Chris Burkard on Arctic Storm
06 August 2014
We think it's fair to say that everyone wants a life like our Network photographer Chris Burkard.
With the ability to catapult a viewer into the moment, his work allows us to collectively experience the highs of arctic surfing, the northern lights, cultural immersions of Cuba and much, much more. That's why this week we're highlighting some of our favorite works by Chris.
We spoke to the California-based photographer about his style, most memorable shoots, recent film, Arctic Storm - Surfing the Ends of the Earth, and much more...
Your SmugMug film, Arctic Storm – Surfing the Ends of the Earth, is extraordinary; so first a couple of questions in relation to that:
When did, as you describe it - your ‘symbiotic relationship’ with the camera first come to light?
I grew up doing art as a subject – I didn’t have photography at first – and was looking for something that allowed me to go further. I wanted to find an artistic medium that allowed me to be in the moment - the opportunity to have the perfect balance between the marriage of the creative aspect of documenting, and being a part off the action.
What made you such a cold weather fanatic – were there specific experiences in your youth for example?
I’ve never been interested in warm water surfing. I wanted to make a name for myself and felt inspired by places that felt harder to get to – I want to give myself away to new lands. The cold water places have been over-looked for essentially being too cold - and they’re not for everyone - but those are the places that feel the most alive for me. You can search, go further and explore such wild places.
What were the most challenging conditions you faced while out there?
It’s always challenging. The mental challenges are the worst. Having a mind-set that’s positive and allows you to see things in a positive light is essential; you have to be the eternal optimist. The most intense moments are in the water – it’s freezing cold, a brutal challenge. It’s one thing having all the equipment you need, but also being in a situation where you aren’t supposed to survive. How long can you last? You need the energy to get back to the car and I’ve had to be helped to walk back when I’ve stayed out too long. It’s a super slow process warming up - but giving something for your craft is very important to me. It’s necessary to create something you’re proud of.
Do you find that - and I again quote you - a ‘beauty yet harshness’ to the environment is one of the reasons you are so drawn to these places?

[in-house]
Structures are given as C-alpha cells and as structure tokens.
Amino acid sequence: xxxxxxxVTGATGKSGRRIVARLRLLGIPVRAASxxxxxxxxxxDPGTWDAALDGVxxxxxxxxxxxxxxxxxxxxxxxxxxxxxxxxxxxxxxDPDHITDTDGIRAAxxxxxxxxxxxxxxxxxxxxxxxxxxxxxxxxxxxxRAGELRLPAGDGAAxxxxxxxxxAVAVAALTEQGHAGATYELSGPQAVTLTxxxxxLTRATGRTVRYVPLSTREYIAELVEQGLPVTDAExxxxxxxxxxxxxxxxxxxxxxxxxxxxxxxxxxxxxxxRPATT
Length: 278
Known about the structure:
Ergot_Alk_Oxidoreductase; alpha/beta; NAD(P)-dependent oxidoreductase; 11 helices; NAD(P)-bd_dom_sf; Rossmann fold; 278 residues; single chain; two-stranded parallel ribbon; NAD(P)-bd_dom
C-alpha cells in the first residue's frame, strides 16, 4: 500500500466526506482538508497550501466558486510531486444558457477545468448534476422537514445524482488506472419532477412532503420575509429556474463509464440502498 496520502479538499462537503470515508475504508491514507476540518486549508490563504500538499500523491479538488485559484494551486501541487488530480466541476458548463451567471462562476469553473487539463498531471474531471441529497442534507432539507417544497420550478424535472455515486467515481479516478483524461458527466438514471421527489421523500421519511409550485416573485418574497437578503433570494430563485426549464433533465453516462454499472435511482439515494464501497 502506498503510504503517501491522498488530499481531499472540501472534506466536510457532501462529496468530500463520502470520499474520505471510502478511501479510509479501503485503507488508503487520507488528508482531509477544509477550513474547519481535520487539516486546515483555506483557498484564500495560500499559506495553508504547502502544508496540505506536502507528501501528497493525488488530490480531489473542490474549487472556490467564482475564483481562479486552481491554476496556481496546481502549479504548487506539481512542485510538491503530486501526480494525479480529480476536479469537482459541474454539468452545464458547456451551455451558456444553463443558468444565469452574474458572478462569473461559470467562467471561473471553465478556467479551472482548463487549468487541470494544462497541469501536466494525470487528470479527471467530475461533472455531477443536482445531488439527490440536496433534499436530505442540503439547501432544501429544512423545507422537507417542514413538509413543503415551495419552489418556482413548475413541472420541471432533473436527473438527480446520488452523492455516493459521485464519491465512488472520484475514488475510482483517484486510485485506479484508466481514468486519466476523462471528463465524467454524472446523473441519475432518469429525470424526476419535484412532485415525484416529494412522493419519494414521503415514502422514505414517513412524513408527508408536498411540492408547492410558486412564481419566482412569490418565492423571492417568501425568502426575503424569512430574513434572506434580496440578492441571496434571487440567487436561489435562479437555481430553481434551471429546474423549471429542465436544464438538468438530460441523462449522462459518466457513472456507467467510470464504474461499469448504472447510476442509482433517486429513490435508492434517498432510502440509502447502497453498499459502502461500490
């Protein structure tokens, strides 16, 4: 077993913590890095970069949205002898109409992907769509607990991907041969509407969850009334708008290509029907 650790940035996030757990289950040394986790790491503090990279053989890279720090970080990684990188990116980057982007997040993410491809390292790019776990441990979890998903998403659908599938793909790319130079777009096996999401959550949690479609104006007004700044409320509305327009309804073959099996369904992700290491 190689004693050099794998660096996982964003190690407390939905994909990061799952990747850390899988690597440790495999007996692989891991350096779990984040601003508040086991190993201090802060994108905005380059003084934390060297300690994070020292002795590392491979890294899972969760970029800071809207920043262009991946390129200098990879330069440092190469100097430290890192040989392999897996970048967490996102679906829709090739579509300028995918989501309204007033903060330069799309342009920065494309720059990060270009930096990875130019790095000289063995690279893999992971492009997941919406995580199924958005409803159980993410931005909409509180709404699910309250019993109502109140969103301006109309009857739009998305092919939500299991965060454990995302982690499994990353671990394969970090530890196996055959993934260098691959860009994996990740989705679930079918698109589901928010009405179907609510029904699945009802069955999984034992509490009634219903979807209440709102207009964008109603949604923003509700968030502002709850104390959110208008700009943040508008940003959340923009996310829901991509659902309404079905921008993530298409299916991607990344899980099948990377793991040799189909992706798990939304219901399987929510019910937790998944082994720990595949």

It’s necessary to have challenges in your work – it makes you grow. Allowing yourself to go to places when it’s a challenge – having those contrasts in conditions that feel remote and harsh. Some challenges you face are purely access – it’s expensive to get there. There are all sorts of places I’d like to visit – Russia, Greenland, al Fuego, Chile – they all have potential for great surf.
You describe the surfing community as a family due to what they have experienced – who do you like to travel with?
Surfers are all different kinds of people. I tend to seek out people who I trust and who enjoy the element of suffering/exploring – I like to work with like-minded individuals who enjoy seeing beautiful places. Those surfers are like mountain climbers – always putting themselves into dangerous positions. I pick people to travel with who have skill sets that come in handy in the outdoors – it’s very important.
Is there one particular shot you are the most proud of?
It’s so difficult – but an image I took last year of a surfer with a volcano in the background was the Shangri-La of cold water surfing. It was a very special moment – the pinnacle of what is out there.
What has been your most defining moment as a photographer?
I won the Red Bull Award in 2010 – it’s such a cool award – and the foundation it brings for a photographer is wonderful. Also, the image they chose as the winning image spoke to my style and was therefore even more special.
What is it about the ocean that fascinates and inspires you as a photographer?
I grew up around the ocean. When you think of other crafts – you never see people sit and stare at say a motorcycle jump or snowy peaks – but for ocean people it’s something they stare at for hours. It speaks to me – even if there are no surfers or athletes to capture – it’s still something I’m passionate about.
It must be hard to share your images?
It’s always hard to share a personal craft, but to show people your pictures and get great feedback – it makes you feel great. There’s a beauty to that. I love to do stuff that speaks to inspiring people and getting to the core of what they love.
Learn more about Chris Burkard here & view his incredible film, Arctic Storm, below: